The Brookline Center: Martin Foley | News

MARTIN FOLEY

AGE: 28

RESIDENCE: Ventura, California

HOMETOWN: Salem, NH

How did you start running? : “I got in shape early in the COVID-19 pandemic and started with daily 3-6 mile walks when I lived with my family in Salem, NH for some alone time during the pandemic. After four months I lost 50 pounds and reached my goal weight and wanted a new challenge. I started a 5K treadmill couch program in August 2020 and have continued to push myself for longer distances, running my first virtual 5K run in November 2020 and then a virtual half marathon in February 2021. Later, I ran my first in-person race at the Santa Barbara Half Marathon in November 2021 and started looking for opportunities to run a full marathon with Boston leading the way.

What are your goals for the race? : “First and foremost, my goal is to stay mentally and physically healthy. My target time for Boston is around 4:30, but I’ll be happy to finish with any time. I’m very proud of the fact that I’ll be going from a couch to a 5K treadmill program to running the Boston Marathon in about 20 months, but after Boston I plan to keep pushing myself whether it’s another marathon or to become faster in short distance races. like a 5K or a half marathon.

How was the training?“The training has been tough, going from a half marathon to a full marathon is very intense with over 400 miles of training in a 16 week training window. The time commitment has been by far the hardest part with long Saturday runs that sometimes last three and a half hours, followed by a recovery plan after that involves rehydration, nutrition, yoga, ice baths, stretching, good sleep, etc. During the training, I also had to deal with the death of my grandmother in February, who was one of my first donors, and a minor case of COVID in January, so it was a process of navigating unforeseen circumstances that interrupted training. I also worked with Marathon Coalition coach Rick Muhr, who created my training plan, hosts weekly Zoom meetings for his charity runners, and in the together has been an incredible resource pen a very discouraging few months.

Tell us about the association and your relationship: “The charity is the Brookline Center for Community Mental Health, a mental health center in Brookline, Mass. that provides affordable or free mental health care and community social services.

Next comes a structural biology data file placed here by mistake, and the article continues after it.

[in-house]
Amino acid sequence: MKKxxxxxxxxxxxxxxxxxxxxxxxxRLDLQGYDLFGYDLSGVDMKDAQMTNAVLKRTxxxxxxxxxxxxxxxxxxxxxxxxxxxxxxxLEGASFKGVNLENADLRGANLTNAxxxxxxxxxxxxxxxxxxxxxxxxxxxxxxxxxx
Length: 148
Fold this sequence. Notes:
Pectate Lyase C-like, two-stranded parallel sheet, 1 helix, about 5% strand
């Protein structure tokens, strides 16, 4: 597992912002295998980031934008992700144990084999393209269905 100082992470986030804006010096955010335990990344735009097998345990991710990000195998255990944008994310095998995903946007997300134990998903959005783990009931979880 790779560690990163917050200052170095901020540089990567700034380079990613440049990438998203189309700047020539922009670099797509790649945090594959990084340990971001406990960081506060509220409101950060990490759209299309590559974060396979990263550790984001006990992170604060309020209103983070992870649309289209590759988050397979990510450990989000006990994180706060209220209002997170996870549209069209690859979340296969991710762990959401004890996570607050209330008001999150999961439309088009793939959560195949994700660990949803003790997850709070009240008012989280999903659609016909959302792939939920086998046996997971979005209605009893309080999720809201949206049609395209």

“Throughout my life I have worked with therapists on major depression, social anxiety, health anxiety, obsessive-compulsive disorder, body dysmorphia, and mood disorder. ‘food.

“The pandemic has brought mental health to the forefront nationwide and looking back I haven’t received the treatment I should have received as a child and that’s largely because mental health was a subject that was not as widely understood as it is today.

“When I was researching charities to run for, I noticed the Brookline Center’s focus on helping children, including their BRYT program which helps high school students have a transition program to return back to school after a mental health crisis.

“During my adult life, I have focused on addressing my mental health by working with therapists and have noticed a drastic increase in my quality of life and self-improvement.

“The therapy, combined with fitness and running, motivated me to become the best version of myself and when I saw the opportunity to combine it with the Boston Marathon, I knew that I had to apply for a spot with Team Brookline, The Brookline Center’s marathon team.

“The Brookline Center provides reduced or free mental health care to those in the Brookline area who need it and I am thrilled that the money I raise will help others who cannot afford to pay for therapy to get the help they need.”

How can people donate? : “People who wish to donate can visit my fundraising page at bit.ly/MartMarathon or via Venmo at martinfoley18 with the subject line “Boston Marathon Donation” up to a week after the April 25 marathon.

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